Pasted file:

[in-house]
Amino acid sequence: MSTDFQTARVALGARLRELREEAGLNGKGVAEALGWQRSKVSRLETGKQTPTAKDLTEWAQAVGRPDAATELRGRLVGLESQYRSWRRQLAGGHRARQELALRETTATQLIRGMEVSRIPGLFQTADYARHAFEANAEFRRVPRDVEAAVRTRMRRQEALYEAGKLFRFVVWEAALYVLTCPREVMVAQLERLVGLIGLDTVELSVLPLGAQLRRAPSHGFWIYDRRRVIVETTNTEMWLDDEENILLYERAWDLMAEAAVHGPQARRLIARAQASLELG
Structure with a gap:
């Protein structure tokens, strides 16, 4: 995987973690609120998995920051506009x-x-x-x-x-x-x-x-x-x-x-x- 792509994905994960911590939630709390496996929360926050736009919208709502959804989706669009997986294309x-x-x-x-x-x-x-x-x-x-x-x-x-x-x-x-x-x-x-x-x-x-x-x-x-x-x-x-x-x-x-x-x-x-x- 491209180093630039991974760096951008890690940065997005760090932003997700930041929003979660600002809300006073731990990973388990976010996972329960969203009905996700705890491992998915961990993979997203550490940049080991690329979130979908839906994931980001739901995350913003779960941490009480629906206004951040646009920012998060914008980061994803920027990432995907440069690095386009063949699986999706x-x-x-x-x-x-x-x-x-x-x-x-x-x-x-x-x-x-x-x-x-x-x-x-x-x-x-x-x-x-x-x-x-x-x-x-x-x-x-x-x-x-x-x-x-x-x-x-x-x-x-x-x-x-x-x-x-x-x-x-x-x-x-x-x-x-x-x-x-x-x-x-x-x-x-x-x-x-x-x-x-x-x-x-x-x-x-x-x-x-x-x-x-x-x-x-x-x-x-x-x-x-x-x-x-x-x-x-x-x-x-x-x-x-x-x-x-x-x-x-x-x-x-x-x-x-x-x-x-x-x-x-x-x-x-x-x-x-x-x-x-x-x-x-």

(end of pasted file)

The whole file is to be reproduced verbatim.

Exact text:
[in-house]
Amino acid sequence: MSTDFQTARVALGARLRELREEAGLNGKGVAEALGWQRSKVSRLETGKQTPTAKDLTEWAQAVGRPDAATELRGRLVGLESQYRSWRRQLAGGHRARQELALRETTATQLIRGMEVSRIPGLFQTADYARHAFEANAEFRRVPRDVEAAVRTRMRRQEALYEAGKLFRFVVWEAALYVLTCPREVMVAQLERLVGLIGLDTVELSVLPLGAQLRRAPSHGFWIYDRRRVIVETTNTEMWLDDEENILLYERAWDLMAEAAVHGPQARRLIARAQASLELG
Structure with a gap:
């Protein structure tokens, strides 16, 4: 995987973690609120998995920051506009x-x-x-x-x-x-x-x-x-x-x-x- 792509994905994960911590939630709390496996929360926050736009919208709502959804989706669009997986294309x-x-x-x-x-x-x-x-x-x-x-x-x-x-x-x-x-x-x-x-x-x-x-x-x-x-x-x-x-x-x-x-x-x-x- 491209180093630039991974760096951008890690940065997005760090932003997700930041929003979660600002809300006073731990990973388990976010996972329960969203009905996700705890491992998915961990993979997203550490940049080991690329979130979908839906994931980001739901995350913003779960941490009480629906206004951040646009920012998060914008980061994803920027990432995907440069690095386009063949699986999706x-x-x-x-x-x-x-x-x-x-x-x-x-x-x-x-x-x-x-x-x-x-x-x-x-x-x-x-x-x-x-x-x-x-x-x-x-x-x-x-x-x-x-x-x-x-x-x-x-x-x-x-x-x-x-x-x-x-x-x-x-x-x-x-x-x-x-x-x-x-x-x-x-x-x-x-x-x-x-x-x-x-x-x-x-x-x-x-x-x-x-x-x-x-x-x-x-x-x-x-x-x-x-x-x-x-x-x-x-x-x-x-x-x-x-x-x-x-x-x-x-x-x-x-x-x-x-x-x-x-x-x-x-x-x-x-x-x-x-x-x-x-x-x-």